This became increasingly clear to me as I learned more about CAH, intersexuality and about sex in general. It turned out that I actually couldn’t prove my own sex with certainty. I had never had my chromosomes tested so how could I know what category they fit into without seeing them? I wasn’t even sure we had enough categories; if 46,XX chromosomes were labeled female and 46,XY were labeled male, where did we put 47,XXY or 45,XO? Clearly, genes alone weren’t enough to categorize sex. But maybe genitals would be better?
As I would come to find out, genitals also weren’t always reliable for categorizing bodies. For people with CAH who have 46,XX chromosomes, that additional prenatal androgen exposure changes the way their genitals develop. And it doesn’t just make “girl” bodies into “boy” bodies; that would be way too binary. Genital shapes really are more of a spectrum (even for people who DO neatly fit under a specific socially-agreed upon sex category). For people born with a difference of sex development (DSD) or who might identify as intersex this might just be more apparent.
But, for arguments sake, let’s say that you could ignore the fact that a person doesn’t know their chromosomes. And let’s assume that you think that your body looks pretty binary from the outside. How could someone still possibly question their sex? Well, most of us have never seen our internal organs and certainly few of us have had them biopsied to be sure that the tissue inside a thing that looks like a testicle actually is testicular tissue, for example. Working with Amy and Claude, I learned that even internal organs can vary and that the ways these organs function is also contingent on both internal hormonal levels as well as external factors like stress, overall health, exposure to toxins, etc. The argument that sex was binary and that someone could even presume to know someone else’s sex just by looking at them was crumbling before my eyes.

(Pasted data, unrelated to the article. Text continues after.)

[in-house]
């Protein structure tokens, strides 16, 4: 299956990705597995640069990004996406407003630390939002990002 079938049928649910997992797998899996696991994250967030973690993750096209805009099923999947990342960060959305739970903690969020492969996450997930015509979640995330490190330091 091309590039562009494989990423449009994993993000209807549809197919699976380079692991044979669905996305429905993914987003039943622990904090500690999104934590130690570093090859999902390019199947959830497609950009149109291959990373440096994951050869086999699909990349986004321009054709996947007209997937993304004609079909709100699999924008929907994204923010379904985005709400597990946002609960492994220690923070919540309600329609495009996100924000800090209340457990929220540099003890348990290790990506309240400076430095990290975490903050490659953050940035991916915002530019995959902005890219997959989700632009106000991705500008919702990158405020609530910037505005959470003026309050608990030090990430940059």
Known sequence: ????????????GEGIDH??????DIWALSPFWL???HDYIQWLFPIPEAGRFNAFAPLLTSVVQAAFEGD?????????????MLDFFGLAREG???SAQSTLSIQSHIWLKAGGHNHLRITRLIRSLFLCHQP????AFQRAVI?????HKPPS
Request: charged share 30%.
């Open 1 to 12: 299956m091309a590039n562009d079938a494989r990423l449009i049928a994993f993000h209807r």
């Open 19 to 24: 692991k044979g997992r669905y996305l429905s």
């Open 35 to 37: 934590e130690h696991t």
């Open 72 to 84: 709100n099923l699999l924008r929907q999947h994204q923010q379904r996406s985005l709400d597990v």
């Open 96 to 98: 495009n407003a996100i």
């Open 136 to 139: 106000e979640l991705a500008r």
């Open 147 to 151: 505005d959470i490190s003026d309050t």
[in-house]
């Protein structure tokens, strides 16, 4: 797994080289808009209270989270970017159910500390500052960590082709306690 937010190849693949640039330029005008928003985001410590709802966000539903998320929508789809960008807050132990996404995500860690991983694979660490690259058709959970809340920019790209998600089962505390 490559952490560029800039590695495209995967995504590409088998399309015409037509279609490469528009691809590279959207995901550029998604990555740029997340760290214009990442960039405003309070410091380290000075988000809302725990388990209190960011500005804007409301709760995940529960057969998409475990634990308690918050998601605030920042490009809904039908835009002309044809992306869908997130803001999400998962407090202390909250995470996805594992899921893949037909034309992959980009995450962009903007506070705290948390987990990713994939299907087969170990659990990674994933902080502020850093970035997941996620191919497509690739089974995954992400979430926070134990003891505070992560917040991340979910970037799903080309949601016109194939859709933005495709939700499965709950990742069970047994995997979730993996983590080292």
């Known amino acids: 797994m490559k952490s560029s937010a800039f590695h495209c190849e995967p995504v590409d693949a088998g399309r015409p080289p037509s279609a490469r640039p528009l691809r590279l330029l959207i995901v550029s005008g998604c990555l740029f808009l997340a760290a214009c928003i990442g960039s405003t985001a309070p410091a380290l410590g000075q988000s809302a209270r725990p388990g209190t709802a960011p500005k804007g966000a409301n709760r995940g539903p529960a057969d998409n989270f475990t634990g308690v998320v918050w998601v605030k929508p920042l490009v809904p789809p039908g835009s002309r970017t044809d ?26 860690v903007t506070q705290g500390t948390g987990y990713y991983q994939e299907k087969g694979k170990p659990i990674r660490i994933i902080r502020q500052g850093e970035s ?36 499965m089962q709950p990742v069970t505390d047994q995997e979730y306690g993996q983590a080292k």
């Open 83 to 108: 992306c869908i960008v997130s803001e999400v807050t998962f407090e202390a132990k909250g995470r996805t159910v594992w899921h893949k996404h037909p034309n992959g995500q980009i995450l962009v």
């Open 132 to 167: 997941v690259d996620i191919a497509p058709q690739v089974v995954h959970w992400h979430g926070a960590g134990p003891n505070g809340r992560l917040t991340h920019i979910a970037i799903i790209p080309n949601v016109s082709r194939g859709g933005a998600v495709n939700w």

So, if “sex” as we know it isn’t a discrete category and, in reality, the average person does not know what anyone else’s chromosomes, genitals or internal organs look like… what does that M or F mean on our driver’s license? The answer? It’s actually your gender.
Though most people are raised as a certain gender based on their sex assignment at birth and we thus assume that gender is rooted in sex, the reality is that, in day-to-day practical application, we know VERY little about the sex of the people we interact with. Sure, there are a few hints to go off of… like secondary sex characteristics (i.e. facial hair, voice pitch, body-fat distribution) but there is a wide variation in how people look and groom themselves, so that’s not always reliable. For the most part, we rely on someone’s gender presentation to make inferences about their biology, not the other way around as bathroom bills would have it.
For example, when I show up to the MVA to get my license, I bring a tattered and faded piece of paper that is nearly four decades old and from a different state, and that was filled out by someone who I (let alone the clerk sitting at the MVA window) never met. In fact, there is nothing to have stopped me from having printed that out myself. However, the clerk never questions me. Why? Because the way I dress and style my hair matches that M. That is, of course, my privilege as a cisgender person, but it also highlights the reality that our judgments about someone else’s sex are largely dependent upon the evidence those people put before us rather than some innate truth about bodies. Furthermore that evidence is dependent upon the norms that any given society or societal subset determines to be masculine or feminine, all of which is subject to change.
When it comes to bathroom bills and other gender policing efforts, unless we are all willing to have our mouths swabbed to test our chromosomes and submit to a physical exam and ultrasound, and then wait several days for the results, we will never be able to know the sex of anyone else in the stall next to us. Instead, we will have to trust that people know what bathroom they belong in and continue to prosecute bathroom-related crimes the same way we do now, regardless of the gender expression of the person involved.